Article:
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The kingdom: a feast open to all who will come

March 22, 2023

Daily Scripture

Luke 14:15-24

15 When one of the dinner guests heard Jesus’ remarks, he said to Jesus, “Happy are those who will feast in God’s kingdom.”
16 Jesus replied, “A certain man hosted a large dinner and invited many people. 17 When it was time for the dinner to begin, he sent his servant to tell the invited guests, ‘Come! The dinner is now ready.’ 18 One by one, they all began to make excuses. The first one told him, ‘I bought a farm and must go and see it. Please excuse me.’ 19 Another said, ‘I bought five teams of oxen, and I’m going to check on them. Please excuse me.’ 20 Another said, ‘I just got married, so I can’t come.’
21 When he returned, the servant reported these excuses to his master. The master of the house became angry and said to his servant, ‘Go quickly to the city’s streets, the busy ones and the side streets, and bring the poor, crippled, blind, and lame.’ 22 The servant said, ‘Master, your instructions have been followed and there is still room.’ 23 The master said to the servant, ‘Go to the highways and back alleys and urge people to come in so that my house will be filled. 24 I tell you, not one of those who were invited will taste my dinner.’”

Daily Reflection & Prayer

The prophet Isaiah had pictured God’s kingdom as a great feast, one anyone would surely be eager to take part in (cf. Isaiah 25:6-9). Yet Jesus’ told a parable in which the invited guests gave flimsy, obviously evasive excuses for not attending. That didn’t stop the feast. Shockingly, against all usual social protocol, the king threw open the doors and not just invited but “urged” even the town’s street people to come in and enjoy the royal banquet. No snobbish, exclusive party for God!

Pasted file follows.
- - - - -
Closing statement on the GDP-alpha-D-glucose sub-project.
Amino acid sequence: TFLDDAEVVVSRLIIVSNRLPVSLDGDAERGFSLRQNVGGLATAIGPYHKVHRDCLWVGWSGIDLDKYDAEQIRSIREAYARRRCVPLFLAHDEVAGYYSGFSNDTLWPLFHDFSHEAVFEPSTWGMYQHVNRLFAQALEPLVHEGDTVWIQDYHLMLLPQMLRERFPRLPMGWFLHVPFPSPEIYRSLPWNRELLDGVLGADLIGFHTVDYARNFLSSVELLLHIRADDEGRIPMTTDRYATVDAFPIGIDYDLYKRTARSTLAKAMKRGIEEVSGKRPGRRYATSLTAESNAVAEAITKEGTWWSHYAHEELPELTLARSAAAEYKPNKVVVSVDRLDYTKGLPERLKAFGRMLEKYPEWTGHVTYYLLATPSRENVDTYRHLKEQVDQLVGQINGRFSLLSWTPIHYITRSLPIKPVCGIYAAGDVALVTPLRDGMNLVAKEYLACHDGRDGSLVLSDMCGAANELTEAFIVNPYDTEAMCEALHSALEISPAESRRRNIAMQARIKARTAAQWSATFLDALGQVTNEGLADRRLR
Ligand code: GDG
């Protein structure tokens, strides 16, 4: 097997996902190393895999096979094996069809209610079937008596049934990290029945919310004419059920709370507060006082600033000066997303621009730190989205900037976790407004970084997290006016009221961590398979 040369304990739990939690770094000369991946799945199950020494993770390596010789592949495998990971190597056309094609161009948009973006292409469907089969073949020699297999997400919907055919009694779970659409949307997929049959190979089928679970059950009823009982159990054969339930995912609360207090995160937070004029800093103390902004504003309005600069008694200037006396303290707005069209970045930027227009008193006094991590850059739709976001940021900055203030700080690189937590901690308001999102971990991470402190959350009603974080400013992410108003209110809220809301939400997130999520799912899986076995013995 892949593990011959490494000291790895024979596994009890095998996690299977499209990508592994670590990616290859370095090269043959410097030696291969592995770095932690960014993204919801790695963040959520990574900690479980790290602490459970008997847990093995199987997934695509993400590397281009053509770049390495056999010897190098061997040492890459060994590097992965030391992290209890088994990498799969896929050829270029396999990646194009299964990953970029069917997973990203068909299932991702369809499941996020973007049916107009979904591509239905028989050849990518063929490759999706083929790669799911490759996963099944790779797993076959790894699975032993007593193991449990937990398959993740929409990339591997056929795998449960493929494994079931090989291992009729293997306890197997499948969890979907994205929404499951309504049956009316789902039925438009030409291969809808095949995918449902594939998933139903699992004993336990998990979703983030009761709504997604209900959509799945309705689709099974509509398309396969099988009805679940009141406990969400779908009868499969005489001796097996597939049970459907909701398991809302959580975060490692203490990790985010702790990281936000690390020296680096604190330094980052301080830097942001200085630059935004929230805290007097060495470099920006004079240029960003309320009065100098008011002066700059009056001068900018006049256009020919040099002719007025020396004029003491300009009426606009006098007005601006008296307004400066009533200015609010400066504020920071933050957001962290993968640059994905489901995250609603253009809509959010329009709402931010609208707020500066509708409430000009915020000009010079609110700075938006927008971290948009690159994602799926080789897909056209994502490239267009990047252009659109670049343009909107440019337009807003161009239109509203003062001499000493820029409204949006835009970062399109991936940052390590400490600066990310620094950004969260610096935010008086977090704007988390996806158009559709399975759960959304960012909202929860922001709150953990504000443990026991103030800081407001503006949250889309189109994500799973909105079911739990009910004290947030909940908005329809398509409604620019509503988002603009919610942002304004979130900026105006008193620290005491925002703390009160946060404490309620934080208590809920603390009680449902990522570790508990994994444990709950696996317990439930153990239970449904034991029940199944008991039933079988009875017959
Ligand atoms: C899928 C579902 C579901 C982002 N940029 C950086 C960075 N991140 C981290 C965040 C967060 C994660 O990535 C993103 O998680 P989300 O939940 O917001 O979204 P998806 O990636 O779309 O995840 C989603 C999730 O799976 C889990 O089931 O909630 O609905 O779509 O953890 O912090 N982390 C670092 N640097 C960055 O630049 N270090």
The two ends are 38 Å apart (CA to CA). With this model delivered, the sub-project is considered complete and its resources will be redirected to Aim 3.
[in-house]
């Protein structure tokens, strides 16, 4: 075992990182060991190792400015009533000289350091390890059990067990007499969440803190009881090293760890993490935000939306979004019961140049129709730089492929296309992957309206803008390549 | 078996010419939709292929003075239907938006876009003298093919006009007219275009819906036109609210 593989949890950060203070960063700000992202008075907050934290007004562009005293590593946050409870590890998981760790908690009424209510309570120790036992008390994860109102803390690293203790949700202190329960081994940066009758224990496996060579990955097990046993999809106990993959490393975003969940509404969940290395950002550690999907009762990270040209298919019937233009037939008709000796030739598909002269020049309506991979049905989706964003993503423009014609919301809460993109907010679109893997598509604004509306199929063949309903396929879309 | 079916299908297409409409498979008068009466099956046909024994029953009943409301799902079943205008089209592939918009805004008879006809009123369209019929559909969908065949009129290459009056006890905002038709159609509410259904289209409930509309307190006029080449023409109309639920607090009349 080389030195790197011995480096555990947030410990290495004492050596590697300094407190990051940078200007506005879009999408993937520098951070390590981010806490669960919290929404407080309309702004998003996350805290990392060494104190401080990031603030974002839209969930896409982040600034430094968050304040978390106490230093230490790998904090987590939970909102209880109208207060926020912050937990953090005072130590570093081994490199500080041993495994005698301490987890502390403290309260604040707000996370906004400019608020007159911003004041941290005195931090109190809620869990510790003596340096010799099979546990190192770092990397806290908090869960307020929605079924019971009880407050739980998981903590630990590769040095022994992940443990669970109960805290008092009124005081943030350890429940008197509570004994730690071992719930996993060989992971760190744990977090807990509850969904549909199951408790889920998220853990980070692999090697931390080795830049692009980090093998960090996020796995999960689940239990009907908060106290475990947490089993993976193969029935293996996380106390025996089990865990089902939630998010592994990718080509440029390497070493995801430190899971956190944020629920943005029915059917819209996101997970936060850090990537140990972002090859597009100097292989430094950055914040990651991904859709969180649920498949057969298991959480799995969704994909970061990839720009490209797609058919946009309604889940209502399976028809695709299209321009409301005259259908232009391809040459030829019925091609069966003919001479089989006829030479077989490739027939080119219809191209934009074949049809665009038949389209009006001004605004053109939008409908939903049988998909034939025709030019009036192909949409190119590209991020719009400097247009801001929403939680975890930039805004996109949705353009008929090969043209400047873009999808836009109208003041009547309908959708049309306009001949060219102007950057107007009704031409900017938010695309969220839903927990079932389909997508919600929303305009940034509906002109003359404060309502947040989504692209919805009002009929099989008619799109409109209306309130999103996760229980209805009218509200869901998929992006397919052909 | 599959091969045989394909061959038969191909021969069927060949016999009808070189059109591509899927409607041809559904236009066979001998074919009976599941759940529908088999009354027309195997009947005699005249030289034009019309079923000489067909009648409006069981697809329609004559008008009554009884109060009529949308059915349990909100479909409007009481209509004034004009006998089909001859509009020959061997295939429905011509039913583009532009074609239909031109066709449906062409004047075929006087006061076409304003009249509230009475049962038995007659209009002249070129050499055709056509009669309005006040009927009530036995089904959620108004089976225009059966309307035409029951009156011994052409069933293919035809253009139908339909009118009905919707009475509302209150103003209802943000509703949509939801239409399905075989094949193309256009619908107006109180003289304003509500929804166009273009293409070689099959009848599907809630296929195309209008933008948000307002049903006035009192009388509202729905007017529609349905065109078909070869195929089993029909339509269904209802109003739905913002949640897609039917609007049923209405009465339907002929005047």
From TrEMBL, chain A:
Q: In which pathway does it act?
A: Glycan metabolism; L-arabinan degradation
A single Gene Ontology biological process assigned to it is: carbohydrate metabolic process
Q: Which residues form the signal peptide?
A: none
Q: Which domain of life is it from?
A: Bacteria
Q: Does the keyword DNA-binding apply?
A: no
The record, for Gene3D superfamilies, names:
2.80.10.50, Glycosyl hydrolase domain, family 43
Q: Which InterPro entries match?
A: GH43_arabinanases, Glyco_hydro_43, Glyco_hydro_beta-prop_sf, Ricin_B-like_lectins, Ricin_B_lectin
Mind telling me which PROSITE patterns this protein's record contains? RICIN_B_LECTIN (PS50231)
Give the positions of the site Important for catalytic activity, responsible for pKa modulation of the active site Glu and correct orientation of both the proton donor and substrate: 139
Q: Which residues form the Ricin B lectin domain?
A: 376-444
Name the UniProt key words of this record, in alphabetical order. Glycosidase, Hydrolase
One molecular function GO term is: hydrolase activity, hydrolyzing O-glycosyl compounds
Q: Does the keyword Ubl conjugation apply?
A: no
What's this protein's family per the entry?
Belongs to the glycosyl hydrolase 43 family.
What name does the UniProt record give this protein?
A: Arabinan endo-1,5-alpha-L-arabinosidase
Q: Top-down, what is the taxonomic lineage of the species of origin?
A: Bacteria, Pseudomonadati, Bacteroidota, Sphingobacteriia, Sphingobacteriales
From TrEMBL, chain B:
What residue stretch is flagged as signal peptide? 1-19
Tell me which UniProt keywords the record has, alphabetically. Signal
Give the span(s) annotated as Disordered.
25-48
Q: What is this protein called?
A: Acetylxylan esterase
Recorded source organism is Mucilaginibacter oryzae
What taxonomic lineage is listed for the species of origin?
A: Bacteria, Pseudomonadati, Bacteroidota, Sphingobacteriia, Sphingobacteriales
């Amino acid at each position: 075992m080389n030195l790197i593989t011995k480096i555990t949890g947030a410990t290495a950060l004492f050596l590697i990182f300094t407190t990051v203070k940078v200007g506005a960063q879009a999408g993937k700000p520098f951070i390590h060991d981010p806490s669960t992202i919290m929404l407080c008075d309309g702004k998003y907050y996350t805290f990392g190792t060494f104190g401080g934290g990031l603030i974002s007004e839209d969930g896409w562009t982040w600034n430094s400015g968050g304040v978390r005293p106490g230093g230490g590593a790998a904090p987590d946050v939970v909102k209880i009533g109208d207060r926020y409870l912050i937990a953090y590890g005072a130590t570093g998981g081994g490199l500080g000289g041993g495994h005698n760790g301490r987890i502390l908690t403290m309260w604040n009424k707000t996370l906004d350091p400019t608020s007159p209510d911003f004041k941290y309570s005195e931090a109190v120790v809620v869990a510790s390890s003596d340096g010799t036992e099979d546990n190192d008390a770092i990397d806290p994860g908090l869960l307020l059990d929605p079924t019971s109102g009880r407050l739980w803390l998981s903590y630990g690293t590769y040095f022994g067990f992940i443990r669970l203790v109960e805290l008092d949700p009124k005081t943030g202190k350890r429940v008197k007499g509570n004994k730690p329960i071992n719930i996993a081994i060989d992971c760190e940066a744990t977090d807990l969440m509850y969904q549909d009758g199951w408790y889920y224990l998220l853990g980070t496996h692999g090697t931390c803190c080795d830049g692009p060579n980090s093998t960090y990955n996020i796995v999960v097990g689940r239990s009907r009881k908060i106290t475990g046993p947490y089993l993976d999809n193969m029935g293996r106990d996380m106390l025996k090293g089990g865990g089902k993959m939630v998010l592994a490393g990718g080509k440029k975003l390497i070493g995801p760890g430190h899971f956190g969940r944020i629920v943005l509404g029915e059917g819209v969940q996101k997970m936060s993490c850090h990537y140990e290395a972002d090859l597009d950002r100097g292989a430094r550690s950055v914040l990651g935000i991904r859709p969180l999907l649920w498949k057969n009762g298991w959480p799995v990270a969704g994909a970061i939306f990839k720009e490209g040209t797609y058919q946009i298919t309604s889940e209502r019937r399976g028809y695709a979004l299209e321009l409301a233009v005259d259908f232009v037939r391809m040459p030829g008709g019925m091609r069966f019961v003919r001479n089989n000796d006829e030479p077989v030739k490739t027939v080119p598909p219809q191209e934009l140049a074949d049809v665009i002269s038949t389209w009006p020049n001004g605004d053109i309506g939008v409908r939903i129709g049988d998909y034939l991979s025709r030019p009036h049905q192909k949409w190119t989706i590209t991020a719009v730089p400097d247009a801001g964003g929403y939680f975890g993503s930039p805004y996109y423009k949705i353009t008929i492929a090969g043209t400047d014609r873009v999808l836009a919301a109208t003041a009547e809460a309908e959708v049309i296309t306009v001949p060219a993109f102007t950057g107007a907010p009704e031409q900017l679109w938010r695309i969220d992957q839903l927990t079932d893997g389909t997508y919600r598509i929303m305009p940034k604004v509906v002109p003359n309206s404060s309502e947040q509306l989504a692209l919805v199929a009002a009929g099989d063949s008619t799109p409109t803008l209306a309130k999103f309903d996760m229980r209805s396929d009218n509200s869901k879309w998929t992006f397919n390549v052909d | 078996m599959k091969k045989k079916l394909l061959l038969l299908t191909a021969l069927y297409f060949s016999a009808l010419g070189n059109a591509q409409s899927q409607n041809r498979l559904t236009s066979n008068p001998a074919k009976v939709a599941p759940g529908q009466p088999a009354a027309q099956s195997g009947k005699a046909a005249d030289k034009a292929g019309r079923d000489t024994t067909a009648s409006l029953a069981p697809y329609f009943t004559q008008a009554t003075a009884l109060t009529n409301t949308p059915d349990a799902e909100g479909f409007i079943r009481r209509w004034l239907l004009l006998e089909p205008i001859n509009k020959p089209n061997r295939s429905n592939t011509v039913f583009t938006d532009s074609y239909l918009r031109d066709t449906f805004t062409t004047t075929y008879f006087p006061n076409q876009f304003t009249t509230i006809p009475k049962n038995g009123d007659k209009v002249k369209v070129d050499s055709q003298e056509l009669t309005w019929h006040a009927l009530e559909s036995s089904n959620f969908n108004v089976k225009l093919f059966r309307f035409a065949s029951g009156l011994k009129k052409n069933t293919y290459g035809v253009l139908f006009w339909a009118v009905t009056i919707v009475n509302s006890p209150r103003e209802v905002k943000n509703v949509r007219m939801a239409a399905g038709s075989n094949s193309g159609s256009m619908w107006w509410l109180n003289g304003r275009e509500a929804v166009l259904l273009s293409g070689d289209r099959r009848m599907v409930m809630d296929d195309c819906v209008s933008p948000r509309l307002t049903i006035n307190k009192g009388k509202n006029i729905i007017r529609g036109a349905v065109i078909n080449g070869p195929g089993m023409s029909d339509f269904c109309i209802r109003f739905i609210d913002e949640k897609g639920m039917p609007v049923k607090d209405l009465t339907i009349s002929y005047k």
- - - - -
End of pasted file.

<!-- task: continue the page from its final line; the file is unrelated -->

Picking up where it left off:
• Pastor Bruce Larsen wrote, “I had a good excuse for not having a more regular quiet time… for Bible reading and prayer. I would pray, ‘Lord, I’m so busy. Help me simplify my schedule so I can put You first.’ One day He seemed to say, ‘Larson, you haven’t missed a meal in years.’” * In what areas are you giving God excuses? How will you lower your internal defenses so that you can be more honest with God and with yourself?
  • Jesus knew many “religious” people didn’t want to share God’s kingdom feast with “sinners” (i.e., “not as good as me”). His story wasn’t about “the awful people who aren’t like us.” We’re all spiritually “poor, crippled, blind and lame,” invited to God’s “feast” by grace. Can you see that you are a ragamuffin ** who must trust God’s grace and mercy? Are you open to inviting people of all kinds into God’s kingdom, even if at first you might feel a bit uncomfortable in their company?

Lord Jesus, you loved ragamuffin me enough to die for me, enough to promise to be with me every day. Guide me in the process of laying aside the rags of my pride to serve you and others every day in love and gratitude. Amen.

GPS Insights

Picture of Shannon Starek

Shannon Starek

Shannon Starek serves as the Director of Discipleship at Resurrection Downtown. She loves to travel and has been to 49 states, 11 countries and lived in Vancouver, Canada for grad school! When not gallivanting all over the world, she lives in Liberty with her husband, Aaron, and two sons, Owen and Porter.

A reflection on the busyness we carry and how we might set it down…from The Lives We Actually Have by Kate Bowler and Jessica Richie.

for this overwhelming day

God, I am trying to juggle too much, but I don’t know what else to do. Or who else will keep everything in the air, if not for me.

Blessed are we who say, Jesus, I’m taking you at your word. I am coming to you just as I am, burnt out, craving rest, but still tempted to keep going like I always do, propelled from one task to the next as if the earth spins because I do.

But I know, deep down, that this is unsustainable.

Blessed are we, quietly closing the door, willing to fold ourselves into this present moment.

Slow me down, God. Place your hand upon me and steady the racing of my heart. Take this weight from my shoulders, and pry these to-dos from my fingers. Deepen my breath and still my mind so that I can remember whose hands really do keep the stars hung in space.

I know by my body’s limits and the clock’s relentless ticking that not everything has to be done, and not everything has to be done by me.

Blessed am I, beginning to recognize that my edges as well as my gifts can shape the natural contours of what is mine to hold, and mine to do.

God will take care of all that you can’t, dear one. And you, too.

© 2024 Resurrection: A United Methodist Church. All Rights Reserved.
Scripture quotations are taken from The Common English Bible ©2011. Used by permission. All rights reserved.

* Bruce Larson, The Preacher’s Commentary Series, Volume 26: Luke. Nashville: Thomas Nelson Inc. 1983, p. 228-230.
** See Brennan Manning’s classic The Ragamuffin Gospel: Good News for the Bedraggled, Beat-Up, and Burnt Out. 1990/2000/2005: The Crown Publishing Group.